(Polar molecules, Non-polar molecules, etc.)
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If a molecule has one central atom with no lone pairs, four other atoms with two of them being the same, and the other two being the same (central atom + 2 A atoms + 2 B atoms, five atoms in total in this molecule.), would it still be a non-polar molecule? In other words, even though we have two different types of non-central atoms, would they still cancel each other in terms of partial charges?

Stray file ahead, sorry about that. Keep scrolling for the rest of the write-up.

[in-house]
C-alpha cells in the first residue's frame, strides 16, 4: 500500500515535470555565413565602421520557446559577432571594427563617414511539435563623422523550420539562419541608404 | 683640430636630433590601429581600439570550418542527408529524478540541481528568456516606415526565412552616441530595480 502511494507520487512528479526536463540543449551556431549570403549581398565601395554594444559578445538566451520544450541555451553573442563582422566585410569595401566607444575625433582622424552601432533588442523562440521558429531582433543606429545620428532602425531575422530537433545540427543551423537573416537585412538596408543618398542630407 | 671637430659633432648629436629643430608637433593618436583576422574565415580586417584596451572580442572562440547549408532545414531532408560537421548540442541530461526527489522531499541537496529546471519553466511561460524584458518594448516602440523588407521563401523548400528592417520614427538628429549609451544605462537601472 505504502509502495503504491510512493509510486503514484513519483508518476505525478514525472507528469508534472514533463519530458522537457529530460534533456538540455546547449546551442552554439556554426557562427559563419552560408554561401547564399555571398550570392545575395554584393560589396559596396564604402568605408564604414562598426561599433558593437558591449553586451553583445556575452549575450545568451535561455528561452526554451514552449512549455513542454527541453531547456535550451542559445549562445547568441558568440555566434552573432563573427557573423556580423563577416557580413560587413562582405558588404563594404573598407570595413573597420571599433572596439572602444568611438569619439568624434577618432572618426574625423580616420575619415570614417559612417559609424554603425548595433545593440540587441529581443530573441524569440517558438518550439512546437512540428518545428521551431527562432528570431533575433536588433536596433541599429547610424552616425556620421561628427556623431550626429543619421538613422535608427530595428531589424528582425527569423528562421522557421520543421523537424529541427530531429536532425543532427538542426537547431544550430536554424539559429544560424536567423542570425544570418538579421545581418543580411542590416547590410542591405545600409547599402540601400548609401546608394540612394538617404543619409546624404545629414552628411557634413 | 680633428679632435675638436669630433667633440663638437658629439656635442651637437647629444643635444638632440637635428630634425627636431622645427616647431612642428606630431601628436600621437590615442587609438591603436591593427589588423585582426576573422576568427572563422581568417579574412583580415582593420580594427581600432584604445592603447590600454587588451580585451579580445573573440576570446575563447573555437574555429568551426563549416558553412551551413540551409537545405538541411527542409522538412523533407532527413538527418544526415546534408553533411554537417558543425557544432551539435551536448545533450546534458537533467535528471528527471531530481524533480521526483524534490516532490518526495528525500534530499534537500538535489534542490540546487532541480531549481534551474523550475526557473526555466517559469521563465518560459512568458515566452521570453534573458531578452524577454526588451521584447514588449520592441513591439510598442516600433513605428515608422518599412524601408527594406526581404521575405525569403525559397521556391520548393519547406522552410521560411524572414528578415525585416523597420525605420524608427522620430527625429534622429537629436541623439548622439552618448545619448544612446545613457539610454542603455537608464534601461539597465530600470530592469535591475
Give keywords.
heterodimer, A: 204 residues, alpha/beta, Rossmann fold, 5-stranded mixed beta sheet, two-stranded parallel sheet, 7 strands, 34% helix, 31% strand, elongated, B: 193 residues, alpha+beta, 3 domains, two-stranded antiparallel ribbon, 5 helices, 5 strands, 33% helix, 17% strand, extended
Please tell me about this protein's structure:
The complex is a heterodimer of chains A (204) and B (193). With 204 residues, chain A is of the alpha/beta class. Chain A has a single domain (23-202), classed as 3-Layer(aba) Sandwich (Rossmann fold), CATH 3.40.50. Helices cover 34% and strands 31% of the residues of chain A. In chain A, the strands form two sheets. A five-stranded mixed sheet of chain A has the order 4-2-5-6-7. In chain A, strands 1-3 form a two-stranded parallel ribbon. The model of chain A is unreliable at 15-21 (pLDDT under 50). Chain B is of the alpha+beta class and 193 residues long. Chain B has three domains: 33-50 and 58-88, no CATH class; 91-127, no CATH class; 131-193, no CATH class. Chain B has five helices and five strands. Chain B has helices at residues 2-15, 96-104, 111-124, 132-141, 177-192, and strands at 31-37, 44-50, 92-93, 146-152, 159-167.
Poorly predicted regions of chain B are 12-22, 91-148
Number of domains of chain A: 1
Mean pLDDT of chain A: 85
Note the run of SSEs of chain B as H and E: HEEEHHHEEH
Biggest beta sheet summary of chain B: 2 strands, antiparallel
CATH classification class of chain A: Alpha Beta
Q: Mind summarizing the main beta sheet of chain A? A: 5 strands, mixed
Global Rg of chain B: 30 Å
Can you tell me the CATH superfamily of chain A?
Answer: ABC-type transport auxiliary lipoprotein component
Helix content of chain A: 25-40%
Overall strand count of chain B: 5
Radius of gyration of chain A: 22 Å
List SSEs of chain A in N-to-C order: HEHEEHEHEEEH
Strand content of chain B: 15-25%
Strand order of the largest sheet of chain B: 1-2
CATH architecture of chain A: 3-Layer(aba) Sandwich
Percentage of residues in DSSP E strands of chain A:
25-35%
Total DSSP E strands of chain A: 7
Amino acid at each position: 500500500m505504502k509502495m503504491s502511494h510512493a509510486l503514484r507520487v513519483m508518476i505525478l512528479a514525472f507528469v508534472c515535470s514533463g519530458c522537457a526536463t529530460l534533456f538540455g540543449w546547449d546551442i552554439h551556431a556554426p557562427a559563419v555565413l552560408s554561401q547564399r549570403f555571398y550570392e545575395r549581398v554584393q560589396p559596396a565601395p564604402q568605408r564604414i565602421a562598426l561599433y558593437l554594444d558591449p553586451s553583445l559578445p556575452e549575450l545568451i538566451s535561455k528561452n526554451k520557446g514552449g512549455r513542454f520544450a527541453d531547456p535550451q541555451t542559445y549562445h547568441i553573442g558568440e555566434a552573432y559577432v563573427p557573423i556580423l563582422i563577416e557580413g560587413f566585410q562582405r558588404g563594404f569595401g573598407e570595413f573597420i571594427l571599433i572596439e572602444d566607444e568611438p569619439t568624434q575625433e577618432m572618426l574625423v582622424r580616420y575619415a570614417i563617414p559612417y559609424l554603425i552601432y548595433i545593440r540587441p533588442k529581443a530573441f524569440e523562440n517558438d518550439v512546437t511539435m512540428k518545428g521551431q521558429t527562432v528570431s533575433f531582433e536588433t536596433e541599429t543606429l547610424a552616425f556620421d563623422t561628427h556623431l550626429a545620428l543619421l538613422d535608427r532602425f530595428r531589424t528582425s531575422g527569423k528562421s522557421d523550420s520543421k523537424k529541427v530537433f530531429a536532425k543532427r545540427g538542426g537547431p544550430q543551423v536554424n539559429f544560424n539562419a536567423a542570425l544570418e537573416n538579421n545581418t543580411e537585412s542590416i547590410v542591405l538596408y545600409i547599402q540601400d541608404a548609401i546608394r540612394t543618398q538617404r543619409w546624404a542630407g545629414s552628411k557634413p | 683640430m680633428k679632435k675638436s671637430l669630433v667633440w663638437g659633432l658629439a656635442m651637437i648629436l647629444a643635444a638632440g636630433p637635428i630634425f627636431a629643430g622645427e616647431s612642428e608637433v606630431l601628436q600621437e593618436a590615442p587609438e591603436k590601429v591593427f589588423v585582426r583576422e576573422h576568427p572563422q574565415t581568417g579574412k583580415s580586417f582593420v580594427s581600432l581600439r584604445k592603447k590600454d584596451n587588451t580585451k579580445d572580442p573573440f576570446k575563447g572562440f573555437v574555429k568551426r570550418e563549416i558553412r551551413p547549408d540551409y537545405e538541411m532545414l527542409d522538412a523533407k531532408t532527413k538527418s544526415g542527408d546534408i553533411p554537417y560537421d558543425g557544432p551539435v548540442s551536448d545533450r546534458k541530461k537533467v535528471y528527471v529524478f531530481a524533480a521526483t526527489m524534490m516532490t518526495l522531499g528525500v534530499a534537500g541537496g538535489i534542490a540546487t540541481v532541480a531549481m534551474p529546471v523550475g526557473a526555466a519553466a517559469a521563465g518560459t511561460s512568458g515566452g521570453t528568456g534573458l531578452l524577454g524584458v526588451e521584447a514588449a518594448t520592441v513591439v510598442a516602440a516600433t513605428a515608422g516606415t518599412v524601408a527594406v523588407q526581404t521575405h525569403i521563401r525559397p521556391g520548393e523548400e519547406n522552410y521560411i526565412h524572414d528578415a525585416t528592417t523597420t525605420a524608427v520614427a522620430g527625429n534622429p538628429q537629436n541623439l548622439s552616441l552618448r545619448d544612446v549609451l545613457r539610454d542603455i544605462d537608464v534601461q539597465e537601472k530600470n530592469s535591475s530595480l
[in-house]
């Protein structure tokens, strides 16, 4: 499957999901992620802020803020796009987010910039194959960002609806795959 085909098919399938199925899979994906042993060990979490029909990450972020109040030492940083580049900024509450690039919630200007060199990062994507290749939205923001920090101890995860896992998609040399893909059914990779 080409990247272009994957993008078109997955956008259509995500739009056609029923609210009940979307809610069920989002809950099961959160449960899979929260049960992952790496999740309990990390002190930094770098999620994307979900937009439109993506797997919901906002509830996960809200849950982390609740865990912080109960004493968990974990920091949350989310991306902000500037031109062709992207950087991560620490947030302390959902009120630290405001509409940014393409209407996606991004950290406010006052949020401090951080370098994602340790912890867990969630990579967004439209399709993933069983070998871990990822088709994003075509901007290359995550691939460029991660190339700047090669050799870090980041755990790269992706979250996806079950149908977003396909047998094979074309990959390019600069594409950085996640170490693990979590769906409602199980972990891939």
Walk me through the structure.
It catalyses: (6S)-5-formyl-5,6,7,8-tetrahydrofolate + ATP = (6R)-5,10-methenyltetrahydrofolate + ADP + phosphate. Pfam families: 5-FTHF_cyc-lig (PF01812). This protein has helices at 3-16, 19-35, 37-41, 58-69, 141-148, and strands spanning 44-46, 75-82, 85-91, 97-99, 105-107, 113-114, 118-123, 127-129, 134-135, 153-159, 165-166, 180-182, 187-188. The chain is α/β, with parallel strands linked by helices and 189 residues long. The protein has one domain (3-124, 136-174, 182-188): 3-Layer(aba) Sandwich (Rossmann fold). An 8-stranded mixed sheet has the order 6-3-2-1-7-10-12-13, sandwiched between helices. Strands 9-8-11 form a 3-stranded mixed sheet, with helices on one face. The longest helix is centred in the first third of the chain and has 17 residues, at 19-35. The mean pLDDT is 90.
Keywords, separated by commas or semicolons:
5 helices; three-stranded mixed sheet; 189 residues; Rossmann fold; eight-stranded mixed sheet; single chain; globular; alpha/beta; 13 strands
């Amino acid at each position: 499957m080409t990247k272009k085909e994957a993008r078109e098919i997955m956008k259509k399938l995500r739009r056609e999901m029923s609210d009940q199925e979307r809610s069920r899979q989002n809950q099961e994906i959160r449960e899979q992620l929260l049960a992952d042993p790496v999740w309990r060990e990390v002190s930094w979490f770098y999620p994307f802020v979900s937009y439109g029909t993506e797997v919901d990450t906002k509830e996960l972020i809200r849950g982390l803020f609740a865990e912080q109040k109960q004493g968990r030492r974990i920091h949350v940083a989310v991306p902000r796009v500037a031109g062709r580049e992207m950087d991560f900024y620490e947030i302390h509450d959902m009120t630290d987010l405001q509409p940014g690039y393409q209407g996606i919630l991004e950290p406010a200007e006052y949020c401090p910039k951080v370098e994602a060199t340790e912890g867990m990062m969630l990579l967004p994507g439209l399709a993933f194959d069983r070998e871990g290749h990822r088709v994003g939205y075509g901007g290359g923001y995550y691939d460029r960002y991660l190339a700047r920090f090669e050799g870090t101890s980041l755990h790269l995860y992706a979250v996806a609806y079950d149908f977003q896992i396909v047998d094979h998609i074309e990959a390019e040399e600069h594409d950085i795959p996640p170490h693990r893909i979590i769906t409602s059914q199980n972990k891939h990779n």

It depends on the arrangement of the atoms, for example CH2Cl2 is polar.
It depends where the two atoms are placed. If they same atoms aren’t opposite of each other their dipole moments won’t cancel out thereby making it polar.
They would only be nonpolar if there was one central atom and all of the other atoms were the same element.
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